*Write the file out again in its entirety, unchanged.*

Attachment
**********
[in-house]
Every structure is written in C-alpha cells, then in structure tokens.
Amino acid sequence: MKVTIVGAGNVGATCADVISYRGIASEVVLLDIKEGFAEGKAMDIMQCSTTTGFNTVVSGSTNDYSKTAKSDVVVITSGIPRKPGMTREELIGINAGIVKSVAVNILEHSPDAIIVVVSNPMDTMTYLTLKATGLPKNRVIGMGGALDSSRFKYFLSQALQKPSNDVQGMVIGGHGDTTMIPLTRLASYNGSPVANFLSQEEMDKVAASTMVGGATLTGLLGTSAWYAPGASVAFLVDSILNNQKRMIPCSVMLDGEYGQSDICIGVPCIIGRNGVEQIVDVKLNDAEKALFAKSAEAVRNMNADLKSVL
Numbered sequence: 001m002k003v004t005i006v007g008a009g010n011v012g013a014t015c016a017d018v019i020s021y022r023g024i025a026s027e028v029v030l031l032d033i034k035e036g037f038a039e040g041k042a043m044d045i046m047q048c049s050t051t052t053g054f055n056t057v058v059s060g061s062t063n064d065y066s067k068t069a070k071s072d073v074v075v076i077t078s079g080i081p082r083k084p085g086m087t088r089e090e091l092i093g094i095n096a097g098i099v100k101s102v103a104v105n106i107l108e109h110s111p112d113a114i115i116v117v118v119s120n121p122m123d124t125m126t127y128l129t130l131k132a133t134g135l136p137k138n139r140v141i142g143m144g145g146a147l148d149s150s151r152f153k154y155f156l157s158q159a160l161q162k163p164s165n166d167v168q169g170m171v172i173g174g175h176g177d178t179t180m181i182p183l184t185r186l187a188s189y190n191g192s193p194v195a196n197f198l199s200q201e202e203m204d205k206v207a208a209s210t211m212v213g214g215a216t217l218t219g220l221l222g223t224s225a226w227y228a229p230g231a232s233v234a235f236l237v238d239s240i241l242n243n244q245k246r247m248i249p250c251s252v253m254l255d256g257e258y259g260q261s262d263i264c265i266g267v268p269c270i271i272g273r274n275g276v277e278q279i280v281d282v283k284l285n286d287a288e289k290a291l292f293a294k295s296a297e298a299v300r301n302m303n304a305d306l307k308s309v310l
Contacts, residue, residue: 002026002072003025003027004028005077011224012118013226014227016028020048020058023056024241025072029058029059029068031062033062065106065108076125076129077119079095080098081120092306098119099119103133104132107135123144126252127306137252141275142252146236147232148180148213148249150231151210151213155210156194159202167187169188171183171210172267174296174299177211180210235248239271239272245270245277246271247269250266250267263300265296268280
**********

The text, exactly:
[in-house]
Every structure is written in C-alpha cells, then in structure tokens.
Amino acid sequence: MKVTIVGAGNVGATCADVISYRGIASEVVLLDIKEGFAEGKAMDIMQCSTTTGFNTVVSGSTNDYSKTAKSDVVVITSGIPRKPGMTREELIGINAGIVKSVAVNILEHSPDAIIVVVSNPMDTMTYLTLKATGLPKNRVIGMGGALDSSRFKYFLSQALQKPSNDVQGMVIGGHGDTTMIPLTRLASYNGSPVANFLSQEEMDKVAASTMVGGATLTGLLGTSAWYAPGASVAFLVDSILNNQKRMIPCSVMLDGEYGQSDICIGVPCIIGRNGVEQIVDVKLNDAEKALFAKSAEAVRNMNADLKSVL
Numbered sequence: 001m002k003v004t005i006v007g008a009g010n011v012g013a014t015c016a017d018v019i020s021y022r023g024i025a026s027e028v029v030l031l032d033i034k035e036g037f038a039e040g041k042a043m044d045i046m047q048c049s050t051t052t053g054f055n056t057v058v059s060g061s062t063n064d065y066s067k068t069a070k071s072d073v074v075v076i077t078s079g080i081p082r083k084p085g086m087t088r089e090e091l092i093g094i095n096a097g098i099v100k101s102v103a104v105n106i107l108e109h110s111p112d113a114i115i116v117v118v119s120n121p122m123d124t125m126t127y128l129t130l131k132a133t134g135l136p137k138n139r140v141i142g143m144g145g146a147l148d149s150s151r152f153k154y155f156l157s158q159a160l161q162k163p164s165n166d167v168q169g170m171v172i173g174g175h176g177d178t179t180m181i182p183l184t185r186l187a188s189y190n191g192s193p194v195a196n197f198l199s200q201e202e203m204d205k206v207a208a209s210t211m212v213g214g215a216t217l218t219g220l221l222g223t224s225a226w227y228a229p230g231a232s233v234a235f236l237v238d239s240i241l242n243n244q245k246r247m248i249p250c251s252v253m254l255d256g257e258y259g260q261s262d263i264c265i266g267v268p269c270i271i272g273r274n275g276v277e278q279i280v281d282v283k284l285n286d287a288e289k290a291l292f293a294k295s296a297e298a299v300r301n302m303n304a305d306l307k308s309v310l
Contacts, residue, residue: 002026002072003025003027004028005077011224012118013226014227016028020048020058023056024241025072029058029059029068031062033062065106065108076125076129077119079095080098081120092306098119099119103133104132107135123144126252127306137252141275142252146236147232148180148213148249150231151210151213155210156194159202167187169188171183171210172267174296174299177211180210235248239271239272245270245277246271247269250266250267263300265296268280